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Cath Everett

Sift Media

Freelance journalist and former editor of HRZone

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Leadership training mandated for senior Whitehall project managers

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Civil servants are to receive mandatory training in leadership and project management skills thanks to the creation of a new £7 million Major Projects Leadership Academy.

But the initiative, which will be delivered in partnership with Oxford’s Saïd Business School and consultants, Deloitte, is targeted to save the government £10 billion per year once it is up-and-running.
 
The aim of the Academy is build up the skills of senior project leaders across Whitehall so that they can deliver complex projects more effectively in a bid to reduce the government’s current over-reliance on expensive external consultancy.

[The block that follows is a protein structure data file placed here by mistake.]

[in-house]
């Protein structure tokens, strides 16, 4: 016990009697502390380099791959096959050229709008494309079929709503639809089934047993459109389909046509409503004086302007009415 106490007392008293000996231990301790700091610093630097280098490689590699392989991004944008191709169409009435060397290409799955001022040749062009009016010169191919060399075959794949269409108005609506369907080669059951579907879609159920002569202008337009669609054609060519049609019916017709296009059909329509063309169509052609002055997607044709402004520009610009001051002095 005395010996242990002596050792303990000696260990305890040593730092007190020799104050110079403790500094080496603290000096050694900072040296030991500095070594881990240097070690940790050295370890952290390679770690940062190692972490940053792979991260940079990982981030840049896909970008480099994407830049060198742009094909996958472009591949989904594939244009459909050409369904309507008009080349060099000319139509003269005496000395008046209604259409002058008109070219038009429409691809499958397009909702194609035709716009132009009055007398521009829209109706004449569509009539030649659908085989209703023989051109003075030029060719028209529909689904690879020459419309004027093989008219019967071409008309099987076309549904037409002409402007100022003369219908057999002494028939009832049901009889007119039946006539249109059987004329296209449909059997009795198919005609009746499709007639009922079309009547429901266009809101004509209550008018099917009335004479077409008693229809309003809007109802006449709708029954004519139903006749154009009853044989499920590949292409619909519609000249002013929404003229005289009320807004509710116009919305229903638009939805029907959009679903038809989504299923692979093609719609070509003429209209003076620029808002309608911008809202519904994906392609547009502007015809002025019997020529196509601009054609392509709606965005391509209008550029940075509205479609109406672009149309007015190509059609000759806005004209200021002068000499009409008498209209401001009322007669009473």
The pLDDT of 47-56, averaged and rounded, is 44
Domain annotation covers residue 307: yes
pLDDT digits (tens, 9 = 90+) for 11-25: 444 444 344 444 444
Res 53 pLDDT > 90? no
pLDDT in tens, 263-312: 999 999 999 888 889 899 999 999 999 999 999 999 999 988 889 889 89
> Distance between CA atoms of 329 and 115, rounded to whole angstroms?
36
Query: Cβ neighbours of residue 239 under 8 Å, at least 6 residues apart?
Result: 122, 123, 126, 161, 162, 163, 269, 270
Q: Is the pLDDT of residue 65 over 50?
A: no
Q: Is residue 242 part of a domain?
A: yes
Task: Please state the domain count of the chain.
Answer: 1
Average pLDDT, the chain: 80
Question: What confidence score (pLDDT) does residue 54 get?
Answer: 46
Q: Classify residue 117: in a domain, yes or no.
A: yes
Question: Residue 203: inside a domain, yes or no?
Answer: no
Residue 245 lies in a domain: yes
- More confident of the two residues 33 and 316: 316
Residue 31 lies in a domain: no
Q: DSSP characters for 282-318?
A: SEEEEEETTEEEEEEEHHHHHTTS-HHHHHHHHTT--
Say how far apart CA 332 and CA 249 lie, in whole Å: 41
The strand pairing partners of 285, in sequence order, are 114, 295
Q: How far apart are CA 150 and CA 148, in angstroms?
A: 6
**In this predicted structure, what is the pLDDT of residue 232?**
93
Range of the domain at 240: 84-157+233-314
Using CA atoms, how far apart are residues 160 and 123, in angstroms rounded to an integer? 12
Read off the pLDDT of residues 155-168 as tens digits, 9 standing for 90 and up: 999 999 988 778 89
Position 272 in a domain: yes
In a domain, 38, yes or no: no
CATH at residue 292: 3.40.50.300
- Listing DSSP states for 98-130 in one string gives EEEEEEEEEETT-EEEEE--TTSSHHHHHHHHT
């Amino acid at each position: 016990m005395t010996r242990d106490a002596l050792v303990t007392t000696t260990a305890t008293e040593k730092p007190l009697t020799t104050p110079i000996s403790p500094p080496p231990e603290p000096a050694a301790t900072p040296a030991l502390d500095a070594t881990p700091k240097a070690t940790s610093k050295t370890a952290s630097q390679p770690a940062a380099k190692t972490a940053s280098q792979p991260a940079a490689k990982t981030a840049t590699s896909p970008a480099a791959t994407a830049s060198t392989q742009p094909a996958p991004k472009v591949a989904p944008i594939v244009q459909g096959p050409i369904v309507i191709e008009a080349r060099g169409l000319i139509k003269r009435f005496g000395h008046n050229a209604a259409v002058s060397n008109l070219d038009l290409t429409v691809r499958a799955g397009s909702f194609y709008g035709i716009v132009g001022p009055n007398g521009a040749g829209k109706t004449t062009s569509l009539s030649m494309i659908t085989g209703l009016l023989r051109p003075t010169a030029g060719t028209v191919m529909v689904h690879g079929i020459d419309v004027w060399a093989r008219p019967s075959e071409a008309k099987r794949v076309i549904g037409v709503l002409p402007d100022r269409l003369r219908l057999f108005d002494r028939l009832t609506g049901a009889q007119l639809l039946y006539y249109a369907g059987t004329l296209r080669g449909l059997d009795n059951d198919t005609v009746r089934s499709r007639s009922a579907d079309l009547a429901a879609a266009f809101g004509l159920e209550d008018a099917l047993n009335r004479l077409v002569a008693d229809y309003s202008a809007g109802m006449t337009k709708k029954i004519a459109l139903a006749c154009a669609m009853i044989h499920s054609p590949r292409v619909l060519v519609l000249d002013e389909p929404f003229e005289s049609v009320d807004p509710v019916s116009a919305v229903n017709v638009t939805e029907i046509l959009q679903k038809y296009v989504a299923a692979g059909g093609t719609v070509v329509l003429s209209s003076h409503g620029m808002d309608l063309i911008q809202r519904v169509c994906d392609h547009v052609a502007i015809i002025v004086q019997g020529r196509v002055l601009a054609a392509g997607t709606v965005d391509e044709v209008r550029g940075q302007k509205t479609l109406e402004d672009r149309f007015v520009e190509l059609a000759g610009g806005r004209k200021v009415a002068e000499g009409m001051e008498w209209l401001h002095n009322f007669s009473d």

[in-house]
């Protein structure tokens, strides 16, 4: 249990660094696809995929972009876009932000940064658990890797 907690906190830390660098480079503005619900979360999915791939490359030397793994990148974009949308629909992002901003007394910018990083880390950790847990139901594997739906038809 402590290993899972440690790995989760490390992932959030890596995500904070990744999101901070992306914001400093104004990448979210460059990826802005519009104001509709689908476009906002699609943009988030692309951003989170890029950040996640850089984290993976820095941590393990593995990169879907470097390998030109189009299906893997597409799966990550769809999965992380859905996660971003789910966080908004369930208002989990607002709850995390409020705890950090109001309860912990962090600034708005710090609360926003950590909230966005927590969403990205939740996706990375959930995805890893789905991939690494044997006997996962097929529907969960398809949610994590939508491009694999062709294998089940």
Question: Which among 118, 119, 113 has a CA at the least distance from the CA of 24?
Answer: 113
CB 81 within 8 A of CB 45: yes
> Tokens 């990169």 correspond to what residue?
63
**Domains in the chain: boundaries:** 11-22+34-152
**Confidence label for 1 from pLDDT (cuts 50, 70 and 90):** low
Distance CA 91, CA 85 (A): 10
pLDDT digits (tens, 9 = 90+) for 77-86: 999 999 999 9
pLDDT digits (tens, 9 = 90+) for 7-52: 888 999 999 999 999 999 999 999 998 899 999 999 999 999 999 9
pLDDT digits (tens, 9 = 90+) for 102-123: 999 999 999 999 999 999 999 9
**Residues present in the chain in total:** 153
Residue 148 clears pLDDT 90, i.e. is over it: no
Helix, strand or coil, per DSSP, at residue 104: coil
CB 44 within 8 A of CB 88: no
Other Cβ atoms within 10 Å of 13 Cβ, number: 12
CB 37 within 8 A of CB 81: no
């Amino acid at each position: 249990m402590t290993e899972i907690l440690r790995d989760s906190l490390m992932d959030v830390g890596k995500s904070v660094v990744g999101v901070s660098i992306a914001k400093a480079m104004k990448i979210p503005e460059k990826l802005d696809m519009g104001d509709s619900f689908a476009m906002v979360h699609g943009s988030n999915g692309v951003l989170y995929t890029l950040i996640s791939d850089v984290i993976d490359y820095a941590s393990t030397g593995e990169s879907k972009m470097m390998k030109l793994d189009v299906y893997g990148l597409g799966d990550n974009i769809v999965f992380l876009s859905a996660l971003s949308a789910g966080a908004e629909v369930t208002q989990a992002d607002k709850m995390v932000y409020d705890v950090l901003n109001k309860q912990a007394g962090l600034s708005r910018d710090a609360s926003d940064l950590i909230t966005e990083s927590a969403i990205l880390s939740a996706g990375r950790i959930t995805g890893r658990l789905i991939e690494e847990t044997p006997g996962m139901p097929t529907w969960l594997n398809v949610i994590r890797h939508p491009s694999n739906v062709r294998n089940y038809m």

In future “no one will be able to lead a major government project without completing the Academy”, the Cabinet Office said. The UK government is the first in the world to introduce compulsory training for top civil servants in charge of major projects.
 
The news confirms plans announced last year to reform civil service training at the senior level and ensure that managers and buyers are better trained in order to lessen the risk of wastage in big projects, including ICT ones.
 
The Academy will draw lessons from other sectors and projects, including the experience of the government’s lead non-executive director, ex-head of BP, Lord Browne of Madingley.